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Data protection implications when migrating to Windows Server 2008

Some of the enhancements to Windows Server 2008's OS will require an update to data backup solutions or processes to ensure that servers and data are being adequately protected.

Microsoft recently introduced Windows Server 2008. It tightened up its security model and introduced a new transactional file system and clustering architecture to improve enterprise scalability. Some of the enhancements to the operating system will require an update to backup solutions or processes to ensure that servers and data are being adequately protected. Here's what's new and what you'll have to look out for.

Microsoft standardized on the use of Microsoft Volume Shadow Copy Service (VSS) snapshots to back up and recover all Windows Server 2008 services, as it guarantees complete protection for the platform. A VSS snapshot of an active system is a point-in-time copy of the volume. For many Windows services (Active Directory, Hyper-V, Terminal Services, IIS, etc.), Microsoft exposed its VSS Writer interface, enabling ISVs to integrate their solutions with VSS. However, using the VSS Writer interface may necessitate some reengineering for backup vendors that previously used their own snapshot capability.

Migrating to Windows Server 2008 has several implications for data protection, making the need to upgrade your backup solution more than likely.
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Microsoft also introduced Server Core, which is a minimal server installation (its footprint is reduced significantly as Microsoft removed a number of services in the interest of tightening security). Server Core has a limited set of roles: Active Directory, Domain Name System (DNS), Dynamic Host Configuration Protocol (DHCP) services and File Server. It doesn't support .NET or application installs, so you can't use a backup application to perform a local backup. Backup vendors will need to develop scripts to communicate between Server Core and the backup engine to perform backup and recovery through a command line interface or end users will have to execute a remote backup from another system.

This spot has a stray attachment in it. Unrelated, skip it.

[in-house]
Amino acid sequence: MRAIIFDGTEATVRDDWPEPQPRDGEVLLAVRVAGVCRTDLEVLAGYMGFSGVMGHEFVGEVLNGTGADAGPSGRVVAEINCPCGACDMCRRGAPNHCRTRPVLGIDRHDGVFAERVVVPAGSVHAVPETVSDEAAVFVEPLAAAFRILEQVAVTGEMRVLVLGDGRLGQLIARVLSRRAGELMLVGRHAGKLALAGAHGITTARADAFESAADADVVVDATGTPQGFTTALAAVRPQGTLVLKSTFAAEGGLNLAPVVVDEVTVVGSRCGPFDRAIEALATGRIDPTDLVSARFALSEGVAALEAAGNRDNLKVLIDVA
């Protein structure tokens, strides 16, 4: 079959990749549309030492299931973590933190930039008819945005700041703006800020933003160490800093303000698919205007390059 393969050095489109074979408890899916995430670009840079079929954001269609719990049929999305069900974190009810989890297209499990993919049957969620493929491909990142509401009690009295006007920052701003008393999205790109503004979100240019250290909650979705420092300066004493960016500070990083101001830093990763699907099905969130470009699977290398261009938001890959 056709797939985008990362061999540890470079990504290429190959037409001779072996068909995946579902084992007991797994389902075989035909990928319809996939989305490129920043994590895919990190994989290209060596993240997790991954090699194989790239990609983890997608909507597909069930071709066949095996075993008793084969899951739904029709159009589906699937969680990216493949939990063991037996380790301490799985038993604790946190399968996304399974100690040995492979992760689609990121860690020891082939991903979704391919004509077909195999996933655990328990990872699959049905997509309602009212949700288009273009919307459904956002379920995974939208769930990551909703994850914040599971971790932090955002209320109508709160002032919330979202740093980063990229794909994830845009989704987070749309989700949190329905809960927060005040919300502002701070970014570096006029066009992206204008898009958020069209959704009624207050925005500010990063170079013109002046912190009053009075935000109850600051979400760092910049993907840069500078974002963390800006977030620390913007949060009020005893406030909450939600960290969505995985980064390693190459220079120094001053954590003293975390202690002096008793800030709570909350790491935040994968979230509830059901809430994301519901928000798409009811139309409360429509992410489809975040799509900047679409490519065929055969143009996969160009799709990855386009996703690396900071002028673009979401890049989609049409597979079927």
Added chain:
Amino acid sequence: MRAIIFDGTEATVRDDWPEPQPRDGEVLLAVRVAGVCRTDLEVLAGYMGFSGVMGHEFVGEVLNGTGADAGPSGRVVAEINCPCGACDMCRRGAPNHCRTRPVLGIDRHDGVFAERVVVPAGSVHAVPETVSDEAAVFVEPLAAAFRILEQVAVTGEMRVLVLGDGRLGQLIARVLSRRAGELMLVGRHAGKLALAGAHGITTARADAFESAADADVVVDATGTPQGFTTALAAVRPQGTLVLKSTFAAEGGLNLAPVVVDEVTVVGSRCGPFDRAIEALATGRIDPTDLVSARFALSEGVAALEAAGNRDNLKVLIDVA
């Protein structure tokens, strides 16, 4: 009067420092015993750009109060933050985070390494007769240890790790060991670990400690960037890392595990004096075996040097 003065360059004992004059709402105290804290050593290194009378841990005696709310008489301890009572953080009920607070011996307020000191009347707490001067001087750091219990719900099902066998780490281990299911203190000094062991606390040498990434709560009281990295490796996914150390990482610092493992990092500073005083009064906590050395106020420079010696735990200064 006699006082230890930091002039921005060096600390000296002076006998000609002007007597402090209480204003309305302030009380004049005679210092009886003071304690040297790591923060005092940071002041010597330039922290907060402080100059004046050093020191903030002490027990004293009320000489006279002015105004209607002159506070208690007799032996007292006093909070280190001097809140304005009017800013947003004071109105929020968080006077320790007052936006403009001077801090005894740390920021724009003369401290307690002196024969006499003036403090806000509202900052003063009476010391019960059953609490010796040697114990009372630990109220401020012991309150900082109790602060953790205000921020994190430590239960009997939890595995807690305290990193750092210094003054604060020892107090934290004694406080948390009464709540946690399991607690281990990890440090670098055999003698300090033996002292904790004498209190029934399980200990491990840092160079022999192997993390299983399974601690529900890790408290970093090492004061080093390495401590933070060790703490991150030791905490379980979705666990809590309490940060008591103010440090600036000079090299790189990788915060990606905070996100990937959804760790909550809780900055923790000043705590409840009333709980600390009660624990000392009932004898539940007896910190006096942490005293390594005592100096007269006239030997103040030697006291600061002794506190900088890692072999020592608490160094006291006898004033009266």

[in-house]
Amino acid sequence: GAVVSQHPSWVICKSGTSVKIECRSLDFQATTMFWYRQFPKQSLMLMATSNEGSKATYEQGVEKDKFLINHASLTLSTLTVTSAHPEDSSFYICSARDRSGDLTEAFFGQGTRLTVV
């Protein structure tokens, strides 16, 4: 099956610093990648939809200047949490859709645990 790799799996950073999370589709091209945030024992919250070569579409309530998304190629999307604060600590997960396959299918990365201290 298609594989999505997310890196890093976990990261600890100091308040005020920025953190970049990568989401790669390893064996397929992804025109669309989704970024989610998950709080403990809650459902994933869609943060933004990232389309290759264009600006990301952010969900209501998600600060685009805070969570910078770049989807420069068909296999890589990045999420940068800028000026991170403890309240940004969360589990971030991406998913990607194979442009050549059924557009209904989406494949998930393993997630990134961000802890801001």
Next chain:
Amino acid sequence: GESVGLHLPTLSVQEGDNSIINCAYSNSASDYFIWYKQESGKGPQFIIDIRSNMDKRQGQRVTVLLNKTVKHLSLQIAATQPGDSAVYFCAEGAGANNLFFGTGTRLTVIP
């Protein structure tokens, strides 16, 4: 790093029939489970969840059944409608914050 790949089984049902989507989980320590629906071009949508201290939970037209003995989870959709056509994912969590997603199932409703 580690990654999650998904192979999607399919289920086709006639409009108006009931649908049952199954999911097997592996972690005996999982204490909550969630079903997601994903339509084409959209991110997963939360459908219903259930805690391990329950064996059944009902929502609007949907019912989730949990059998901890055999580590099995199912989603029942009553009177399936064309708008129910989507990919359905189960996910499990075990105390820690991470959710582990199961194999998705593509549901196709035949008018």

The clustering platform has new features for configuration, testing and troubleshooting that make implementation easier. Cluster migration and remote management are new, and Microsoft has eliminated any node distance limitations by giving users the ability to change heartbeat timeouts. The drawback here is that backup applications relying on old clustering APIs may "break," so backup vendors will have to reengineer with the new APIs.

Microsoft is embedding its bare-metal hypervisor (Hyper-V) in Windows Server 2008 and will make Microsoft Windows Server 2008 Virtual Server available later this year. Hyper-V promises to be a low-cost and low-risk way for organizations running Windows to implement server virtualization. Backing up live virtual machines will require backup vendors to support the Virtual Server VSS Writer, which creates a volume shadow copy of the live virtual machine. Microsoft Windows Backup 2008 can interact with the VSS Writer, but it is more limited in features than other solutions in the market.

Microsoft replaced the NTbackup utility supplied in previous versions of Windows with Windows Backup 2008 -- available at no extra charge. The new backup uses VSS and block-level incremental backup (after the first full backup, only the changes since the last backup are captured) to back up a full server, selected volumes or the system state. Backup of an individual item isn't possible. Recovery of individual items (folders, files, applications, system state) or an entire volume is available, as is a whole server recovery when restoring to a new server with no operating system installed. Windows Backup also supports all Microsoft applications and multiple target media types, including shared folders, disk, removable hard disk drives and DVDs, but not tapes. And, backups created by the NTbackup utility can't be recovered by Windows Backup 2008.

Windows Server 2008 brings some evolutionary improvements and some revolutionary changes. Migrating to Windows Server 2008 has several implications for data protection, making the need to upgrade your backup solution more than likely. Keep these considerations in mind as you evaluate and plan your move to the new platform.

About this author: Lauren Whitehouse is an analyst with Enterprise Strategy Group and covers data protection technologies. Lauren is a 20-plus-year veteran in the software industry, formerly serving in marketing and software development roles.


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